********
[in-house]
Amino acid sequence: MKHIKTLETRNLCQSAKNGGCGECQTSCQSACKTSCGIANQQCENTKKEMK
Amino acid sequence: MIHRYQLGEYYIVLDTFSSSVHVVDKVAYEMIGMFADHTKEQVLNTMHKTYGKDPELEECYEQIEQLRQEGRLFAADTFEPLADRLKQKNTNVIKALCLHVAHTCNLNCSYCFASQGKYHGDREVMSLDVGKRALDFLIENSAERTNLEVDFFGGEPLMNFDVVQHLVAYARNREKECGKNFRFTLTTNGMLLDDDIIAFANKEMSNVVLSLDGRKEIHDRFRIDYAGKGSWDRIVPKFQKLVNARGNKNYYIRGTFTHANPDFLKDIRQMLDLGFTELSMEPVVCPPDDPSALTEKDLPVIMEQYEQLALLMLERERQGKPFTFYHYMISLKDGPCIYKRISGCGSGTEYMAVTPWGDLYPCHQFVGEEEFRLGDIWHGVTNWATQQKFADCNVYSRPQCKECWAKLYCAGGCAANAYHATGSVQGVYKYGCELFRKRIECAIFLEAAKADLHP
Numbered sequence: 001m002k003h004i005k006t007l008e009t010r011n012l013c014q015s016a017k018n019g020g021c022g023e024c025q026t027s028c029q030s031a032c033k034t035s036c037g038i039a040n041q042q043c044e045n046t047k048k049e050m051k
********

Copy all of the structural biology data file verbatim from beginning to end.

[in-house]
Amino acid sequence: MKHIKTLETRNLCQSAKNGGCGECQTSCQSACKTSCGIANQQCENTKKEMK
Amino acid sequence: MIHRYQLGEYYIVLDTFSSSVHVVDKVAYEMIGMFADHTKEQVLNTMHKTYGKDPELEECYEQIEQLRQEGRLFAADTFEPLADRLKQKNTNVIKALCLHVAHTCNLNCSYCFASQGKYHGDREVMSLDVGKRALDFLIENSAERTNLEVDFFGGEPLMNFDVVQHLVAYARNREKECGKNFRFTLTTNGMLLDDDIIAFANKEMSNVVLSLDGRKEIHDRFRIDYAGKGSWDRIVPKFQKLVNARGNKNYYIRGTFTHANPDFLKDIRQMLDLGFTELSMEPVVCPPDDPSALTEKDLPVIMEQYEQLALLMLERERQGKPFTFYHYMISLKDGPCIYKRISGCGSGTEYMAVTPWGDLYPCHQFVGEEEFRLGDIWHGVTNWATQQKFADCNVYSRPQCKECWAKLYCAGGCAANAYHATGSVQGVYKYGCELFRKRIECAIFLEAAKADLHP
Numbered sequence: 001m002k003h004i005k006t007l008e009t010r011n012l013c014q015s016a017k018n019g020g021c022g023e024c025q026t027s028c029q030s031a032c033k034t035s036c037g038i039a040n041q042q043c044e045n046t047k048k049e050m051k